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Jarosław Kruk 



The European Commission has called on the Polish government to fully implement the Defence Directive. According to the Commission, the amendments to the public procurement law, which are entering into force, are insufficient, because Poland retains offset that is “naturally” at odds with the free market principles. It seems that the Commission ignores the fact that there is another European institution operating in Brussels – the European Defence Agency (EDA), and there is a thing known as the offset code, i.e. a developed practice in this area and the fact that the Directive itself does not mention the offset.

 In 2010, I had an opportunity to participate in the presentation of the position of the European Commission on the implementation of Directive Defence. The Commission explained the assembled representatives of the Member States that, although nothing in the Directive itself refers to the issue of offset, “overall it is bad” and should be eliminated, because … the Commission thinks so and this should suffice. When the chairman of the Polish delegation asked a question whether the Commission considers that there are no obstacles for the French Mistral-class warships intended for Russia to be built in the Polish shipyards and whether France is obliged to announce the European open tender for their construction, the French member of the Commission and the representative of the French Government expressed great consternation, just as a German delegate.

From the expression on their faces you could read: but the Poles are a stupid free market, of course, but the interest of our shipyards is the most important, it is also the matter of national security and stay away from this ... After such a lesson a lawyer may have some reflections. Firstly, what do we need those directives for, the Commission’s position that  would be binding on the Member States would suffice. But would there be a need to maintain this number of Eurobureaucrats then? Secondly, the concept of free market is different for the large ones and for the small ones. Our task is to warn them all, even overzealously. The large ones always have the national security issue up their sleeves in an expanding interpretation.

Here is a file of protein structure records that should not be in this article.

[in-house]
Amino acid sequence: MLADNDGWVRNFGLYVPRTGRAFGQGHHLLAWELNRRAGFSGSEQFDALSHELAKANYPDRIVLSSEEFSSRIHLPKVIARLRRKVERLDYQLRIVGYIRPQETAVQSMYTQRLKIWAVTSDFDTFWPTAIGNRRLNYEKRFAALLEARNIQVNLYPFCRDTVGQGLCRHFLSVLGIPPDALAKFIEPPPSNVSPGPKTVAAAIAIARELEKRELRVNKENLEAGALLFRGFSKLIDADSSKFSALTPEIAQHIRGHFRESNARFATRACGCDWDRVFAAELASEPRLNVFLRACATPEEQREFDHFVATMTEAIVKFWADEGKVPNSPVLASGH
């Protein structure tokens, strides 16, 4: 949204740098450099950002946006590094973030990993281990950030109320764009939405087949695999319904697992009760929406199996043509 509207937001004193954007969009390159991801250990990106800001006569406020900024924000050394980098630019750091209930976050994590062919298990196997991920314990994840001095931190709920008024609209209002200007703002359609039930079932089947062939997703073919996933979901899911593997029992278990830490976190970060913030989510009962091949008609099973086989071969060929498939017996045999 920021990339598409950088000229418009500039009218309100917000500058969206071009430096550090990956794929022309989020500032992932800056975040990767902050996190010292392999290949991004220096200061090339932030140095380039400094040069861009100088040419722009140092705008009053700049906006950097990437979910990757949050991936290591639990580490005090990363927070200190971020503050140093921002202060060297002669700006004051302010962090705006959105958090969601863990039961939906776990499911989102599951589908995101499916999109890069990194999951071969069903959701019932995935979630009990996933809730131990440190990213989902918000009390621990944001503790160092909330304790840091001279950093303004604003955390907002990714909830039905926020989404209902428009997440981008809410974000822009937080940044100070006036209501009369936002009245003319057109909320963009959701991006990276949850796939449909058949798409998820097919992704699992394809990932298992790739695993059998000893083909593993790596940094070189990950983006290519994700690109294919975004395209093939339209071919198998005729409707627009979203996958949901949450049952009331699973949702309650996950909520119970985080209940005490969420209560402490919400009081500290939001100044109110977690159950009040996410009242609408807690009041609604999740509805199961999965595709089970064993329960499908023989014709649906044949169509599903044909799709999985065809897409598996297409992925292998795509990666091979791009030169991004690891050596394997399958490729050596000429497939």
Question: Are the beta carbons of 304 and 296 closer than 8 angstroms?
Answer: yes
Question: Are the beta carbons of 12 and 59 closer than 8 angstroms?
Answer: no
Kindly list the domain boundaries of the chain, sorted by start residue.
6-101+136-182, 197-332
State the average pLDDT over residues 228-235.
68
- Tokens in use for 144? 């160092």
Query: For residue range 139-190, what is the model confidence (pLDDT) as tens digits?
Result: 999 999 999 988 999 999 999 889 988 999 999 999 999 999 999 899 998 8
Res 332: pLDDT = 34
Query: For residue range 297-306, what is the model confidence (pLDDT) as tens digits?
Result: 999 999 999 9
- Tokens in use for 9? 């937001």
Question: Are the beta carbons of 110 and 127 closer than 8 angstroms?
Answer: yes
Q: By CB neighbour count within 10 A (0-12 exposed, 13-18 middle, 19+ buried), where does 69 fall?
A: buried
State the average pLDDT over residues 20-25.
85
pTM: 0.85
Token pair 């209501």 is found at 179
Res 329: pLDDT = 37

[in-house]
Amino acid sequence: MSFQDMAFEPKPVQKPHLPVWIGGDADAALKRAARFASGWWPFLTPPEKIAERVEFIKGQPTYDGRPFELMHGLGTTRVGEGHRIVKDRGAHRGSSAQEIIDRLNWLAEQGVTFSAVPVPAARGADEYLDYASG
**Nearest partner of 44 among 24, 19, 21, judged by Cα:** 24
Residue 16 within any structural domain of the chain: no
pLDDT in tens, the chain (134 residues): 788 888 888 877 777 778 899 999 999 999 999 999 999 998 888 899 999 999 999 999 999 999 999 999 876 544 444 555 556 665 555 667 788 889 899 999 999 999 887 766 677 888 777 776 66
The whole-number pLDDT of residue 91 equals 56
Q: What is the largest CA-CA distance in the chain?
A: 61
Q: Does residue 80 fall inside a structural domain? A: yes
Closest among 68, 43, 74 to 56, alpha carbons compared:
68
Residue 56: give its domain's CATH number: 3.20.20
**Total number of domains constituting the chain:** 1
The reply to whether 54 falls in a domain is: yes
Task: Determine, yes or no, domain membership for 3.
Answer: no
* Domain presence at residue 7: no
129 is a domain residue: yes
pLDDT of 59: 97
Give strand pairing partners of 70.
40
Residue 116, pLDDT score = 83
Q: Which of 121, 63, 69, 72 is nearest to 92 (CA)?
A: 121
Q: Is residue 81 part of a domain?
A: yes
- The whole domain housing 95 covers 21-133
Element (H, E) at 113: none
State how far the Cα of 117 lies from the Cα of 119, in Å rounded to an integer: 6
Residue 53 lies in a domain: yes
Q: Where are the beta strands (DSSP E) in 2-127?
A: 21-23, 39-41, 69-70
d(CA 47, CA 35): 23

This issue has been resolved by the Scandinavian countries in an interesting way. There is no offset act there, they only have legislative acts which relate to voluntary industrial cooperation in the defense industry. A military equipment supplier is not obliged to conclude compensation agreements and to accede to them. It is up to his own will. But no one – who hasn’t offered offset – has ever won a tender, and probably he never will. Unfortunately, such a solution is possible with the effective and efficiently operating administration, and it is not a secret that the Polish administration, unfortunately, is not one of them.



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